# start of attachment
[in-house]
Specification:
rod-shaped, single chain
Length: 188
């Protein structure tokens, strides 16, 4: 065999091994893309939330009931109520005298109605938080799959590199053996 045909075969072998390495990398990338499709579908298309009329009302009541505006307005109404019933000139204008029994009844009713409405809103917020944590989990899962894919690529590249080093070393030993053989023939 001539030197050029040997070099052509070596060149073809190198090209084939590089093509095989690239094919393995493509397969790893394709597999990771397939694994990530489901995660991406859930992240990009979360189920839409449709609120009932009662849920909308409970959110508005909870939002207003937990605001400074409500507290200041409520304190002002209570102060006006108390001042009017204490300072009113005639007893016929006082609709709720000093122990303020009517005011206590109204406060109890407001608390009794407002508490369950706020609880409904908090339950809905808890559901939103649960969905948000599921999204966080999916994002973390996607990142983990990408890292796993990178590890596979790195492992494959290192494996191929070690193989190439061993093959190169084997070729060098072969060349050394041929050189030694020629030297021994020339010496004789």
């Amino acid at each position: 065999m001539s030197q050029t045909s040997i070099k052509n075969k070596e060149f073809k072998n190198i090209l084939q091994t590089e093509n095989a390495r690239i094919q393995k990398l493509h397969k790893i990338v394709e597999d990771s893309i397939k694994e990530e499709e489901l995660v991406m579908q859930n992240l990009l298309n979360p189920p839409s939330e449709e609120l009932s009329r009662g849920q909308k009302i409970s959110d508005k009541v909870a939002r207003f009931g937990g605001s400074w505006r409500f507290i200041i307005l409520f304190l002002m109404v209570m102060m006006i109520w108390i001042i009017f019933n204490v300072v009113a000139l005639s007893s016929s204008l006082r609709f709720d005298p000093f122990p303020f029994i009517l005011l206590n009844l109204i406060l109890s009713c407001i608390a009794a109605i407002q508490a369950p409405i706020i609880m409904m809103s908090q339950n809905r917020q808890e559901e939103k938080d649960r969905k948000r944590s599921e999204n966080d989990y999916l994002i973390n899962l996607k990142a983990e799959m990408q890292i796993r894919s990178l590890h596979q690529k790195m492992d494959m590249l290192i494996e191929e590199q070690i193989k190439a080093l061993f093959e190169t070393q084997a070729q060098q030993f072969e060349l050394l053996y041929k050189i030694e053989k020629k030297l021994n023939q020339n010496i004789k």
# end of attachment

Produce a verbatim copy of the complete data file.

[in-house]
Specification:
rod-shaped, single chain
Length: 188
């Protein structure tokens, strides 16, 4: 065999091994893309939330009931109520005298109605938080799959590199053996 045909075969072998390495990398990338499709579908298309009329009302009541505006307005109404019933000139204008029994009844009713409405809103917020944590989990899962894919690529590249080093070393030993053989023939 001539030197050029040997070099052509070596060149073809190198090209084939590089093509095989690239094919393995493509397969790893394709597999990771397939694994990530489901995660991406859930992240990009979360189920839409449709609120009932009662849920909308409970959110508005909870939002207003937990605001400074409500507290200041409520304190002002209570102060006006108390001042009017204490300072009113005639007893016929006082609709709720000093122990303020009517005011206590109204406060109890407001608390009794407002508490369950706020609880409904908090339950809905808890559901939103649960969905948000599921999204966080999916994002973390996607990142983990990408890292796993990178590890596979790195492992494959290192494996191929070690193989190439061993093959190169084997070729060098072969060349050394041929050189030694020629030297021994020339010496004789």
């Amino acid at each position: 065999m001539s030197q050029t045909s040997i070099k052509n075969k070596e060149f073809k072998n190198i090209l084939q091994t590089e093509n095989a390495r690239i094919q393995k990398l493509h397969k790893i990338v394709e597999d990771s893309i397939k694994e990530e499709e489901l995660v991406m579908q859930n992240l990009l298309n979360p189920p839409s939330e449709e609120l009932s009329r009662g849920q909308k009302i409970s959110d508005k009541v909870a939002r207003f009931g937990g605001s400074w505006r409500f507290i200041i307005l409520f304190l002002m109404v209570m102060m006006i109520w108390i001042i009017f019933n204490v300072v009113a000139l005639s007893s016929s204008l006082r609709f709720d005298p000093f122990p303020f029994i009517l005011l206590n009844l109204i406060l109890s009713c407001i608390a009794a109605i407002q508490a369950p409405i706020i609880m409904m809103s908090q339950n809905r917020q808890e559901e939103k938080d649960r969905k948000r944590s599921e999204n966080d989990y999916l994002i973390n899962l996607k990142a983990e799959m990408q890292i796993r894919s990178l590890h596979q690529k790195m492992d494959m590249l290192i494996e191929e590199q070690i193989k190439a080093l061993f093959e190169t070393q084997a070729q060098q030993f072969e060349l050394l053996y041929k050189i030694e053989k020629k030297l021994n023939q020339n010496i004789k």